The Great American Carbonate Bank in Eastern Laurentia: Its Births, Deaths, and Linkage to Paleooceanic Oxygenation (Early Cambrian

TitleThe Great American Carbonate Bank in Eastern Laurentia: Its Births, Deaths, and Linkage to Paleooceanic Oxygenation (Early Cambrian
Publication TypeBook Chapter
Year of Publication2012
AuthorsLanding, E
EditorDerby, JR, Fritz, RD, Longacre, SD, Morgan, WA, Sternbach, CA
Book TitleThe Great American Carbonate Bank: The Geology and Economic Resources of the Cambrian
Series TitleMemoir
Series Volume98
PublisherAmerican Association of Petroleum Geologists
CityTulsa, Oklahoma
KeywordsCambrian–Ordovician, carbonate platform, eastern Laurentia, New York Promontory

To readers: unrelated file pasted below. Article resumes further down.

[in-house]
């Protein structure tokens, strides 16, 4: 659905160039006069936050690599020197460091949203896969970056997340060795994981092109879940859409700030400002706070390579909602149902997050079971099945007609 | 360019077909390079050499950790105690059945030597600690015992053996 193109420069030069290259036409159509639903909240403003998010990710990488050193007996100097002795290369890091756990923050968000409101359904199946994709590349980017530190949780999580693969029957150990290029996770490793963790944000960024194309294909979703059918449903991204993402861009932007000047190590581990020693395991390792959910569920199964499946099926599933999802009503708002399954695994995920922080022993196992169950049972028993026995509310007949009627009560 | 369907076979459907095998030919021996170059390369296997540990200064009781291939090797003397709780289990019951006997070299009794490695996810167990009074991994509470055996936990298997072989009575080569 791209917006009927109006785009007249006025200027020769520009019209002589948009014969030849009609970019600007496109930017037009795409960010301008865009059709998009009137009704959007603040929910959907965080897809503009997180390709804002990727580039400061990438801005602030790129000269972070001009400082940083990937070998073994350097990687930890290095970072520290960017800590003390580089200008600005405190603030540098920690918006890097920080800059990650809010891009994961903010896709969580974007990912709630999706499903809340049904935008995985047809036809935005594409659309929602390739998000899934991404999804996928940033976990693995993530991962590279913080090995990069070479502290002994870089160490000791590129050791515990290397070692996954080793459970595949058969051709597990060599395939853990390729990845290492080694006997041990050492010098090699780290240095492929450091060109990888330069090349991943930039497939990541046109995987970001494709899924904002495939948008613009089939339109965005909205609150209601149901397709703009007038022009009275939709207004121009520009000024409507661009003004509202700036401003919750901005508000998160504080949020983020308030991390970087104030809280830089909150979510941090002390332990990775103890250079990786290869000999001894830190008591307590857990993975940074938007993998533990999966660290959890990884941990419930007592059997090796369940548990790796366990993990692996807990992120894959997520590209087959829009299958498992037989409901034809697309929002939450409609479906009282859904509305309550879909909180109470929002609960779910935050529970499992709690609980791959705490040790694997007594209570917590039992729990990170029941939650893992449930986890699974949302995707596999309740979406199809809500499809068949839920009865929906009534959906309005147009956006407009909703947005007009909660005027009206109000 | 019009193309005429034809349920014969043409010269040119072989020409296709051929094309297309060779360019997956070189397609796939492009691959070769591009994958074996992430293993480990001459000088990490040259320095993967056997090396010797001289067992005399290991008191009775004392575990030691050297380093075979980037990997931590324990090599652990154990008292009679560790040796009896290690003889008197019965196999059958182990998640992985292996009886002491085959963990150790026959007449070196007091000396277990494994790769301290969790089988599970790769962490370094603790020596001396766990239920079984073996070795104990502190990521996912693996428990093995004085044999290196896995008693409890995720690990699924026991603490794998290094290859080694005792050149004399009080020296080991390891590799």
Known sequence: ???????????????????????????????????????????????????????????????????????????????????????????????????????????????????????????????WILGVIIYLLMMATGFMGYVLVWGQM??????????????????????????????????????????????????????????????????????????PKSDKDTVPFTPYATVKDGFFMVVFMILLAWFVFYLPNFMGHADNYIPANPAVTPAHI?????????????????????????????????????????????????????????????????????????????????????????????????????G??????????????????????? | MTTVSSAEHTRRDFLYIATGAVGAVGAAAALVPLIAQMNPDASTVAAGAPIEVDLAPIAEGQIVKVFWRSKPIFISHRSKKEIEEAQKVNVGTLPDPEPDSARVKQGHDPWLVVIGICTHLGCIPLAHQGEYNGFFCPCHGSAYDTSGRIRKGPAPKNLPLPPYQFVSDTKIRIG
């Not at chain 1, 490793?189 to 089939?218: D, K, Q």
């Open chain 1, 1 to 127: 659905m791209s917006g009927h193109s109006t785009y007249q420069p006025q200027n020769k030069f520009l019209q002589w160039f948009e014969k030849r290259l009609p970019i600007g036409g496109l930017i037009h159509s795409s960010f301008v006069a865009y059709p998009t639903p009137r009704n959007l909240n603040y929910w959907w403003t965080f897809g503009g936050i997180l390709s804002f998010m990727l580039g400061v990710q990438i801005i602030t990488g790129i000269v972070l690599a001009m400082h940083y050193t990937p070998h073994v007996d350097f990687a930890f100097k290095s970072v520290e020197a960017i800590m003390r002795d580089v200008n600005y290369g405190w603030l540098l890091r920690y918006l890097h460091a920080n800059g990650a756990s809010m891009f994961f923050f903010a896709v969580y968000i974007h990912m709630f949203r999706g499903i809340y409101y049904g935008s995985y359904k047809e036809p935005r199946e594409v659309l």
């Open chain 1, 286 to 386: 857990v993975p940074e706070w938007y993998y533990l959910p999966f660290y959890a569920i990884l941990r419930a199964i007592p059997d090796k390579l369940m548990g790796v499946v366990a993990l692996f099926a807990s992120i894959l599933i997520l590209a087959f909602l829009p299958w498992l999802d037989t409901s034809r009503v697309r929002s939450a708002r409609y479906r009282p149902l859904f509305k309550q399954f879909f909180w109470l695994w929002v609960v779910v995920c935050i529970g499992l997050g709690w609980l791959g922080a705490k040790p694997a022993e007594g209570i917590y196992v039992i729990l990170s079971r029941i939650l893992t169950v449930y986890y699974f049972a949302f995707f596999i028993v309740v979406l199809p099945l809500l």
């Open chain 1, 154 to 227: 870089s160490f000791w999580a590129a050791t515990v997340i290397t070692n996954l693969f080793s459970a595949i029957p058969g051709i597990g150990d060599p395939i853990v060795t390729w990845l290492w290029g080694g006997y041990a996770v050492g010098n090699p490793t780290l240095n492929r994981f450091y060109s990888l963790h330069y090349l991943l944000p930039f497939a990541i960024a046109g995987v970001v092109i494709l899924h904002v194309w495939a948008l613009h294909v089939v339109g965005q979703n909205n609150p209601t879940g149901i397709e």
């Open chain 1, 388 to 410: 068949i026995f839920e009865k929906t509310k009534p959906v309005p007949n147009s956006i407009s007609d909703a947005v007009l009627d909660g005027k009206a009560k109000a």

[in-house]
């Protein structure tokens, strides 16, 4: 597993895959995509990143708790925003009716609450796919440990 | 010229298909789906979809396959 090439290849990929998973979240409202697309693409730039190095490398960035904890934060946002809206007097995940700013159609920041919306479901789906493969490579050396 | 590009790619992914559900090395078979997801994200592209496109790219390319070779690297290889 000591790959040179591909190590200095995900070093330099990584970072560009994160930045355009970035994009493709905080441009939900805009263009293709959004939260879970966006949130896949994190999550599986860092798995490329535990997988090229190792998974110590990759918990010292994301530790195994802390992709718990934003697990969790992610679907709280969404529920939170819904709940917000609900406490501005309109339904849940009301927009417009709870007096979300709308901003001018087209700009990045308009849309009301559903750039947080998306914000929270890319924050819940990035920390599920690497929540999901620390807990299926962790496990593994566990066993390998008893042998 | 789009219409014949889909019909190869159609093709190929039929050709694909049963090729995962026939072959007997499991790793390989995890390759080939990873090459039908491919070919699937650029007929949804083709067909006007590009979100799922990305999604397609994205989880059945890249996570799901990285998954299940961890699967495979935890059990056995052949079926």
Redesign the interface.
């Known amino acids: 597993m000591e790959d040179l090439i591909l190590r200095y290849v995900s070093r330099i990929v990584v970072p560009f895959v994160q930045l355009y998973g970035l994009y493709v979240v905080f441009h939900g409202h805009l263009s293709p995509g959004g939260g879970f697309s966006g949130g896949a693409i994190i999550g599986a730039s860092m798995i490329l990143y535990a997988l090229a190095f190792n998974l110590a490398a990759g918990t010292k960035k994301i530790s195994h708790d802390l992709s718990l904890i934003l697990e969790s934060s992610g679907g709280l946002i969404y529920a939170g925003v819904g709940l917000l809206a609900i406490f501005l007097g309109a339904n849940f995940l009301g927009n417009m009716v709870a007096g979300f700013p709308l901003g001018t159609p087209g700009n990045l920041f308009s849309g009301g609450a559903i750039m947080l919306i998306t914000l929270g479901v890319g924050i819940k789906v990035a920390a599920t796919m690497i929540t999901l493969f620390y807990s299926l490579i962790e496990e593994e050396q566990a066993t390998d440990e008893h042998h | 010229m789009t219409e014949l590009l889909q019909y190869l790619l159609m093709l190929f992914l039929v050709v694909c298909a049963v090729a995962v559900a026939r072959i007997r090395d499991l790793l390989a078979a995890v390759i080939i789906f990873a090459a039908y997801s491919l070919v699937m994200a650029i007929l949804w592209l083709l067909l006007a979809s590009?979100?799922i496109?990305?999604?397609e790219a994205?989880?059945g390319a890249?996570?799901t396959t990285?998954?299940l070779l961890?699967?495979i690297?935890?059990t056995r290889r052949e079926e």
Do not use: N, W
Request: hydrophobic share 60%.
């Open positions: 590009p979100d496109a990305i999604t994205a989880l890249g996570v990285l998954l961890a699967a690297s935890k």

The Cambrian–Ordovician carbonate platform units on the New York promontory of eastern Laurentia reflect the south tropical location of the area. The slow subsidence of the region through much of the Cambrian–Ordovician meant that strong eustatic rises and falls defined unconformity-bound carbonate formations. These depositional sequences aid in paleooceanographic reconstruction as they correlate with organic-rich dysoxic–anoxic mudstones on the Laurentian continental slope. Eustatic rise increased insolation as epeiric seas covered the platform and produced climate maximums with reduced deep-water circulation. The oldest carbonate platform unit (Forestdale Marble and equivalents, upper Lower Cambrian) overlies rift facies deposited with the Rodinia breakup and origin of the Iapetus Ocean and marks the transition to a passive margin. Drowning of the Forestdale platform occurred, and the overlying anoxic black mudstone (Moosalamoo Phyllite) abruptly shoals up into tidalite sandstone (Cheshire Formation). This depositional history records a decreased rate of sea level rise as the Cheshire Formation continued to onlap middle Proterozoic basement. Super-Cheshire Cambrian carbonate platform units in the northern Appalachian are mostly hydrothermally dolomitized, record eustatic highs (Dunham, Winooski, and Little Falls Formations), and correlate with black mudstone macroscale units on the slope (Browns Pond and Hatch Hill dysoxic–anoxic intervals). The latest Early Cambrian Hawke Bay regression ended carbonate platform deposition of the Dunham Formation, led to quartz arenite or red shaly dolostone offlap or shoaling deposits on the platform, and was coeval with oxic green mudstone on the continental slope (Hawke Bay oxic interval in Taconian allochthons). Subsequent Middle Cambrian eustatic rise is recorded by dolostone (Winooski and upper Stissing), but carbonate deposition was again suppressed as quartz sand swept toward the shelf margin (Danby Formation) coincident with cratonic transgression by the upper Potsdam Formation (uppermost Middle Cambrian–lower Upper Cambrian). Post-Potsdam deposition was carbonate dominated through the middle Late Ordovician and included the Beekmantown, Chazy, Black River, and Trenton Groups. The Cambrian-Ordovician boundary is an unconformity between platform carbonates (Little Falls and Tribes Hill Formations of the Beekmantown Group). The Lower Ordovician–lower Upper Ordovician is a series of unconformity-bound platform depositional sequences (Tribes Hill, Rochdale, Fort Cassin, and Providence Island Formations of the upper Sauk megasequence and Chazy Group of the lower Tippecanoe megasequence). The Ordovician depositional sequences coincide with eustatic highs and show a repeated depositional motif (lower transgressive sandstone, upper highstand carbonate). The Ordovician eustatic highs also correlate with thin (as much as 10 m [33 ft] thick) macroscale dysoxic–anoxic black mudstones on the slope. The black mudstones alternate with oxic greenish mudstones, locally with debris flows with giant carbonate blocks on the upper slope (Levis conglomerates), which indicate platform-margin caving during eustatic falls. Ordovician green mudstones are composed of mesoscale redox-carbonate mudstone cycles (Logan cycles) on the upper slope. A major development was the abrupt formation of the latest Early Cambrian–Early Ordovician Franklin Basin in northwestern Vermont. The dysoxic–anoxic Franklin Basin resulted from fault-driven foundering of part of the carbonate platform that overlay the failed arm of the Ediacaran triple junction. This faulting is coeval with the oldest (late Early Cambrian) onlap in the Ottawa-Bonnechere aulocogen. Late Ordovician collision with the Ammonusuc arc ended carbonate platform deposition in the New York promontory region, as sands and muds eroded from the Taconic orogen filled a fore-arc basin and extinguished carbonate deposition across eastern Laurentia.